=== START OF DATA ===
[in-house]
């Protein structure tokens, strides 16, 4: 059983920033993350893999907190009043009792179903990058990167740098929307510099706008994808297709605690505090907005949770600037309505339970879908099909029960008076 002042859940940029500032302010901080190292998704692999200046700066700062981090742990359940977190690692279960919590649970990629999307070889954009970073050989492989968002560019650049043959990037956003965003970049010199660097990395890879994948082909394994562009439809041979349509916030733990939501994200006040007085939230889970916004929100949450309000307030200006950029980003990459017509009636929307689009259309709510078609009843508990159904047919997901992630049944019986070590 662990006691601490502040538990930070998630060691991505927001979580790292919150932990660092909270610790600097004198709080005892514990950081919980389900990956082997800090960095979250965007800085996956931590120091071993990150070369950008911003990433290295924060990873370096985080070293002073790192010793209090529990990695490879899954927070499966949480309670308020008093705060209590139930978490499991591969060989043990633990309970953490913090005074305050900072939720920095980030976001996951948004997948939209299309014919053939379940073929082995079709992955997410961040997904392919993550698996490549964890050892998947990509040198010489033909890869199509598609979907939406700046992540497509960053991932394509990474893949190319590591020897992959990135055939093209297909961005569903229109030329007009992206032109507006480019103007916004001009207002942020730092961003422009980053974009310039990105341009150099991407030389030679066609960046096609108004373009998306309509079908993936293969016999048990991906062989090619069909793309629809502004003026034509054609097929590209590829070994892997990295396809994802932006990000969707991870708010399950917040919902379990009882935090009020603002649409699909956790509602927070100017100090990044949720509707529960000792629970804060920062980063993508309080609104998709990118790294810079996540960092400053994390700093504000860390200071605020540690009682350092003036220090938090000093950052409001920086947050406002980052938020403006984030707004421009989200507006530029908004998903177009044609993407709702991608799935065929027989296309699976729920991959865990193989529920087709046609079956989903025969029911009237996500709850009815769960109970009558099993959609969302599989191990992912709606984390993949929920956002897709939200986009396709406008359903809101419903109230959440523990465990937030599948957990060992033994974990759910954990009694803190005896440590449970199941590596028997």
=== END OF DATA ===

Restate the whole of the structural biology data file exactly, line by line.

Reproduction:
[in-house]
């Protein structure tokens, strides 16, 4: 059983920033993350893999907190009043009792179903990058990167740098929307510099706008994808297709605690505090907005949770600037309505339970879908099909029960008076 002042859940940029500032302010901080190292998704692999200046700066700062981090742990359940977190690692279960919590649970990629999307070889954009970073050989492989968002560019650049043959990037956003965003970049010199660097990395890879994948082909394994562009439809041979349509916030733990939501994200006040007085939230889970916004929100949450309000307030200006950029980003990459017509009636929307689009259309709510078609009843508990159904047919997901992630049944019986070590 662990006691601490502040538990930070998630060691991505927001979580790292919150932990660092909270610790600097004198709080005892514990950081919980389900990956082997800090960095979250965007800085996956931590120091071993990150070369950008911003990433290295924060990873370096985080070293002073790192010793209090529990990695490879899954927070499966949480309670308020008093705060209590139930978490499991591969060989043990633990309970953490913090005074305050900072939720920095980030976001996951948004997948939209299309014919053939379940073929082995079709992955997410961040997904392919993550698996490549964890050892998947990509040198010489033909890869199509598609979907939406700046992540497509960053991932394509990474893949190319590591020897992959990135055939093209297909961005569903229109030329007009992206032109507006480019103007916004001009207002942020730092961003422009980053974009310039990105341009150099991407030389030679066609960046096609108004373009998306309509079908993936293969016999048990991906062989090619069909793309629809502004003026034509054609097929590209590829070994892997990295396809994802932006990000969707991870708010399950917040919902379990009882935090009020603002649409699909956790509602927070100017100090990044949720509707529960000792629970804060920062980063993508309080609104998709990118790294810079996540960092400053994390700093504000860390200071605020540690009682350092003036220090938090000093950052409001920086947050406002980052938020403006984030707004421009989200507006530029908004998903177009044609993407709702991608799935065929027989296309699976729920991959865990193989529920087709046609079956989903025969029911009237996500709850009815769960109970009558099993959609969302599989191990992912709606984390993949929920956002897709939200986009396709406008359903809101419903109230959440523990465990937030599948957990060992033994974990759910954990009694803190005896440590449970199941590596028997």